In 2006, the Pew Hispanic Center and the Pew Forum on Religion & Public Life collaborated on a series of public opinion surveys. Together they interviewed some 4,600 Hispanic adults living in the United States. The surveys explored the religious beliefs and behaviors of Hispanics and compared them with non-Hispanic believers.
According to the findings, more than 90 percent of Hispanics identified as Christians. Approximately 68 percent of them identified as Catholic, while a significant minority identified as Protestant. Approximately 10 percent claimed no religious affiliation and less than one percent practiced Judaism, Islam or another non-Christian faith.
The Hispanic Catholic faith is rooted in the Spanish occupation of Latin America, which began in the late 15th century during a time when Spanish conquerors forced Indians living in Latin America to accept the Christian faith. Nearly 70 percent of Catholic Hispanics in the PEW finding reported that they attended an ethnic church where Spanish is the spoken language, and the majority of clergy members and parishioners are Hispanic.
Catholic Hispanics tended to agree with traditional church teachings more than non-Hispanic Catholics. Forty-four percent of those surveyed believed women should be ordained as priests, compared with 65 percent of non-Hispanic Catholics. Additionally, 44 percent of Hispanic Catholics favored allowing priests to marry, compared with 76 percent of non-Hispanic Catholics.
According to the PEW survey, about 20 percent of Hispanics in the United States are Protestant, most being Pentecostals, and the minority being Baptists and non-denominational Christians. Of those Hispanics who are evangelicals, about half are converts, most of them being former Catholics. Ninety percent of the evangelical converts reported that they chose to change religions because of a desire for a more personal relationship with God. Other reasons given for conversion to Protestantism include a desire for more lively worship, more programs for men and young people, and a stronger sense of community.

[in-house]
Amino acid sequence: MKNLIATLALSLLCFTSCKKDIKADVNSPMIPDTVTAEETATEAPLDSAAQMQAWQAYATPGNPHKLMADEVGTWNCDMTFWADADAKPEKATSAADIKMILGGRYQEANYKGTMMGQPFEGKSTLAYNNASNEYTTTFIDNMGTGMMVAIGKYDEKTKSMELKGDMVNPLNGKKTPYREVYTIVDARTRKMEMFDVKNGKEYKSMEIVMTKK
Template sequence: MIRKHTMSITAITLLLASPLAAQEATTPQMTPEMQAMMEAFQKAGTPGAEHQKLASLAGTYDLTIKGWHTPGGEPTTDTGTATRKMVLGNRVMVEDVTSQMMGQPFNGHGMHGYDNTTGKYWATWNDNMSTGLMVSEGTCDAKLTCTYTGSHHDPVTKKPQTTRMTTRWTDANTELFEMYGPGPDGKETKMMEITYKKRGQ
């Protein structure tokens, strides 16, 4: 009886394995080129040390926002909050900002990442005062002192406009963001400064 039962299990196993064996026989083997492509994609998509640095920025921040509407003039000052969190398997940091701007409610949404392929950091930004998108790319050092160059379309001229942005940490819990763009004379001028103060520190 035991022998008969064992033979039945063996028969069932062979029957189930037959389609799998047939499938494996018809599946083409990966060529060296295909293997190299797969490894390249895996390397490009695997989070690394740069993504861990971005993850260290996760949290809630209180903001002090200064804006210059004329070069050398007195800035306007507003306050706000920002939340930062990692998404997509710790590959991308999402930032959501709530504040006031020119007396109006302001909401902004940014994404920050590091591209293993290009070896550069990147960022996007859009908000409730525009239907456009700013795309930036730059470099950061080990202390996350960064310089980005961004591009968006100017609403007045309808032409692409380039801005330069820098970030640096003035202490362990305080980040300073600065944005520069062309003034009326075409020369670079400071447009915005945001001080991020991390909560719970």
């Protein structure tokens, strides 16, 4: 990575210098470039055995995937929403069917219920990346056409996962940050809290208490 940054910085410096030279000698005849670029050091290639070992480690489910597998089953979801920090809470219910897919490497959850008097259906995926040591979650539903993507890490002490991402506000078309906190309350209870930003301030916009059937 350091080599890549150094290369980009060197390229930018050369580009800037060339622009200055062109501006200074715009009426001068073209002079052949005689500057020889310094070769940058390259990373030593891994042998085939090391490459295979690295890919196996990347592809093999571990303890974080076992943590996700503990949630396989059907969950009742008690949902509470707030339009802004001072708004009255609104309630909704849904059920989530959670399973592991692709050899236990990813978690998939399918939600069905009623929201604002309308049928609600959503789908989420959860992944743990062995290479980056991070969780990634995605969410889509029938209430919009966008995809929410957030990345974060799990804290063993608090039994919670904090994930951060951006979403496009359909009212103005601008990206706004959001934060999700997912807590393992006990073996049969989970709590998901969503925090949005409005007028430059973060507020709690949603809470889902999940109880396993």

Renewalist Christianity is a movement centered on the belief that God, through the Holy Spirit, can intervene in people's daily lives. Renewalists believe in miracles, healings, speaking in tongues and prophesy, which have some roots in historical Hispanic culture. More than half of Hispanic Christians are affiliated with the Renewalist movement. Renewalists often engage in small prayer groups, share their faith with others and believe in a literal interpretation of the Bible.
Beliefs and Practices
Almost 70 percent of Hispanics pray every day. Smaller percentages attend church services weekly. Among Catholics, 42 percent surveyed attend church every week; for evangelicals, the number is higher, with 70 percent claiming weekly attendance. About 80 percent of Hispanic evangelicals read the Bible at least once a week and evangelize at least once a month. Among Catholics, 86 percent display a crucifix or other religious item, and 79 percent pray to the Virgin Mary or to the saints. Devotion to Mary is an important belief in Hispanic Catholicism, with 88 percent of Catholics reporting their belief that Mary is the mother of God and that she watches over believers.
- Pew Research Hispanic Center: Changing Faiths: Latinos and the Transformation of American Religion
- Pew Research Hispanic Center: Religious Practices and Beliefs
- Pew Research Hispanic Center: The Renewalist Movement and Hispanic Christianity
- Pew Research Hispanic Center: The Ethnic Church
- Pew Research Hispanic Center: Conversion and Views of the Catholic Church
- Pew Research Hispanic Center: Religion and Demography
- National Hispanic Christian Leadership Conference: Lation Religion in the U.S.: Demographic Shifts and Trends
- LatinoTeca.com: Latino Religion, Ritual and Culture by Beatriz Morales, pages 2-3 and 17-18
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